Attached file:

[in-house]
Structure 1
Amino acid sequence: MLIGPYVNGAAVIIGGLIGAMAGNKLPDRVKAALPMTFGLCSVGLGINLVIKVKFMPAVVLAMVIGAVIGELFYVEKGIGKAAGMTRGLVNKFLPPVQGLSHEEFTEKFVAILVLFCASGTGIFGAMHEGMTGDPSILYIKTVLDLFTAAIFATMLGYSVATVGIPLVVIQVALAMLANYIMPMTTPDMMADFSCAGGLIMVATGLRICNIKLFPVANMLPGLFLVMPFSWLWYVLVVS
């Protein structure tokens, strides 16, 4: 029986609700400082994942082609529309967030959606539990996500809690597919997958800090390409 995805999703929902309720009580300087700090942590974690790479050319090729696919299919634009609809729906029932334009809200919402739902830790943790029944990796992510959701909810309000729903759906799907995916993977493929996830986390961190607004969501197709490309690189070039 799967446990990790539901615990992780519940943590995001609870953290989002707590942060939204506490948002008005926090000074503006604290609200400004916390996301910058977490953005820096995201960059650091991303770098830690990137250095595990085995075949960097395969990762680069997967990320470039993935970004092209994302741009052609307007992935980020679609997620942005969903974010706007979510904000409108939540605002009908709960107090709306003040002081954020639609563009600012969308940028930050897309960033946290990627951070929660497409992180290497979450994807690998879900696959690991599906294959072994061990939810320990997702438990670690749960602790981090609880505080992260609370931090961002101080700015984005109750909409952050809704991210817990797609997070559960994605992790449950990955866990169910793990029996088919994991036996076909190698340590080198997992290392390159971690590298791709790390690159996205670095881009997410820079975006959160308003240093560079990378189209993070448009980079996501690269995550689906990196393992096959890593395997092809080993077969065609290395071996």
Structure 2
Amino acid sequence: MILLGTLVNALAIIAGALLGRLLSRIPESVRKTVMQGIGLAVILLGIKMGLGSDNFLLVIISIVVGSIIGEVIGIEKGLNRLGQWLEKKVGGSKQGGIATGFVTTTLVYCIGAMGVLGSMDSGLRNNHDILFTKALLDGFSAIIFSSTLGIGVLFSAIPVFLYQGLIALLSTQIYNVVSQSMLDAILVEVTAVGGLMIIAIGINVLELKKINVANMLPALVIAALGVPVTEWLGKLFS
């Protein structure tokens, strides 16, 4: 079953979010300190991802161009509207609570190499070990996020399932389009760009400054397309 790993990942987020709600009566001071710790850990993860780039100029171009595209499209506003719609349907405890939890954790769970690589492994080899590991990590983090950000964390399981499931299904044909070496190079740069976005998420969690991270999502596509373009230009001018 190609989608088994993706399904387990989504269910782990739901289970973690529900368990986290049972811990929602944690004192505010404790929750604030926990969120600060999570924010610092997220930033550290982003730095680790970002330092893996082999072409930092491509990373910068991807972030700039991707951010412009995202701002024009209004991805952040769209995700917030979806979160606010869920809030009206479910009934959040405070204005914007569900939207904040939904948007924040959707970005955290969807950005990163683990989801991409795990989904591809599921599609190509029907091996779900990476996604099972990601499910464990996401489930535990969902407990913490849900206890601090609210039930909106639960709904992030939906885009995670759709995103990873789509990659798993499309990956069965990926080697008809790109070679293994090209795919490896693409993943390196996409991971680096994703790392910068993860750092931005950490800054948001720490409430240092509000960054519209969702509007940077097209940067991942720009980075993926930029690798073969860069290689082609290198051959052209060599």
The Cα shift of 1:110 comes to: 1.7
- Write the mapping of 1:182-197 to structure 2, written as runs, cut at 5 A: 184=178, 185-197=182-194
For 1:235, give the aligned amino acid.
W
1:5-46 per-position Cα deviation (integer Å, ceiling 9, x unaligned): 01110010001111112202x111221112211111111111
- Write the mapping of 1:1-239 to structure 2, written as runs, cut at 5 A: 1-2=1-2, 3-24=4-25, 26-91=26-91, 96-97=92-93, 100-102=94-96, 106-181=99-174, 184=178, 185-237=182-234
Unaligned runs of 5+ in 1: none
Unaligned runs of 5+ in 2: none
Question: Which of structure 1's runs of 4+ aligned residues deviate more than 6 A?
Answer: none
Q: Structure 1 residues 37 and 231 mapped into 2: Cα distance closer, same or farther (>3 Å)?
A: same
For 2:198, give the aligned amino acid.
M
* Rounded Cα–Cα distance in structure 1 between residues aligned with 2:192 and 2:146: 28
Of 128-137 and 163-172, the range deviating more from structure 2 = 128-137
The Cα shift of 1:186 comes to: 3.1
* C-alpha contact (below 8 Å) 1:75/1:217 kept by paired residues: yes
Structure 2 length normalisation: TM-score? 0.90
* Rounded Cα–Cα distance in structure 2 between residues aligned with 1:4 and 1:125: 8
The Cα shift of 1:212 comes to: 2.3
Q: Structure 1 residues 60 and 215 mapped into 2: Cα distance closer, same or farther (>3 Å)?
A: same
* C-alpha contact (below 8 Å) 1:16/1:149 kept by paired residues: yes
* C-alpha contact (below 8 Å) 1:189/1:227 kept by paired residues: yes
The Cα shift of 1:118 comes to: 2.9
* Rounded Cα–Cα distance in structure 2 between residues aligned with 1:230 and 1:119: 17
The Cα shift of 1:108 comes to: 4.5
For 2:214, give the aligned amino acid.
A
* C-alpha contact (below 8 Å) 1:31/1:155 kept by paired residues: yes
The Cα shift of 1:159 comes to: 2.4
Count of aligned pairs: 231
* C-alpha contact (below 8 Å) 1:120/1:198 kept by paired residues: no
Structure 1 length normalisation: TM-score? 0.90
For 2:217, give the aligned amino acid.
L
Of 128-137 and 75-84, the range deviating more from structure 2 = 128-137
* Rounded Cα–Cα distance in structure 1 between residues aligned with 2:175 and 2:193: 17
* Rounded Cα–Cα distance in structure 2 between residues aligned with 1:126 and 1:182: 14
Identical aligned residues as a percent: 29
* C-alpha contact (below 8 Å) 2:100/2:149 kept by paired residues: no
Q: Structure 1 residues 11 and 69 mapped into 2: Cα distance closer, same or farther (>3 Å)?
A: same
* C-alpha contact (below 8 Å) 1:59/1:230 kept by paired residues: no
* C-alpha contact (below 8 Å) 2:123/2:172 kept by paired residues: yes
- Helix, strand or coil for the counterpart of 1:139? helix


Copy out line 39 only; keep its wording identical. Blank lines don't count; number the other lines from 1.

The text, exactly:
The Cα shift of 1:159 comes to: 2.4